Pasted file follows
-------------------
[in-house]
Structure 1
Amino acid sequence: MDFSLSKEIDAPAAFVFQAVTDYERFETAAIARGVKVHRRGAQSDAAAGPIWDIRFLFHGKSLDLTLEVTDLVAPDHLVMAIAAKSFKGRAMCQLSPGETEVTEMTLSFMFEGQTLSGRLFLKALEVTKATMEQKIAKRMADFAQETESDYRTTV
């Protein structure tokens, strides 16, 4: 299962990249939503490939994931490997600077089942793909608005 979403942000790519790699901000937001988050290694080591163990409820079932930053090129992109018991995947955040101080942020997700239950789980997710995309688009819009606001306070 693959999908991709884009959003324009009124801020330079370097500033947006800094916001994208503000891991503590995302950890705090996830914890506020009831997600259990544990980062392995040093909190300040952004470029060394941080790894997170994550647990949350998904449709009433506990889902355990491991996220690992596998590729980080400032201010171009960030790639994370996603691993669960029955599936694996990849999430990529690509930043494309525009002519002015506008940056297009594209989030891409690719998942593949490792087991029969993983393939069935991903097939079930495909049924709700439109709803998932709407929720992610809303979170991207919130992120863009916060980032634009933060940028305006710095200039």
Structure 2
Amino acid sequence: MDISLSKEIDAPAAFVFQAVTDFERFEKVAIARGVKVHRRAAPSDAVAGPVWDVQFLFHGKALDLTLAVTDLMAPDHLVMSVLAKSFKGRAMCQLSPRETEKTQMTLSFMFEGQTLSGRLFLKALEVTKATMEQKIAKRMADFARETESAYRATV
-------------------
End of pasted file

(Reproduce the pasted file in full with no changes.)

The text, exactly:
[in-house]
Structure 1
Amino acid sequence: MDFSLSKEIDAPAAFVFQAVTDYERFETAAIARGVKVHRRGAQSDAAAGPIWDIRFLFHGKSLDLTLEVTDLVAPDHLVMAIAAKSFKGRAMCQLSPGETEVTEMTLSFMFEGQTLSGRLFLKALEVTKATMEQKIAKRMADFAQETESDYRTTV
């Protein structure tokens, strides 16, 4: 299962990249939503490939994931490997600077089942793909608005 979403942000790519790699901000937001988050290694080591163990409820079932930053090129992109018991995947955040101080942020997700239950789980997710995309688009819009606001306070 693959999908991709884009959003324009009124801020330079370097500033947006800094916001994208503000891991503590995302950890705090996830914890506020009831997600259990544990980062392995040093909190300040952004470029060394941080790894997170994550647990949350998904449709009433506990889902355990491991996220690992596998590729980080400032201010171009960030790639994370996603691993669960029955599936694996990849999430990529690509930043494309525009002519002015506008940056297009594209989030891409690719998942593949490792087991029969993983393939069935991903097939079930495909049924709700439109709803998932709407929720992610809303979170991207919130992120863009916060980032634009933060940028305006710095200039």
Structure 2
Amino acid sequence: MDISLSKEIDAPAAFVFQAVTDFERFEKVAIARGVKVHRRAAPSDAVAGPVWDVQFLFHGKALDLTLAVTDLMAPDHLVMSVLAKSFKGRAMCQLSPRETEKTQMTLSFMFEGQTLSGRLFLKALEVTKATMEQKIAKRMADFARETESAYRATV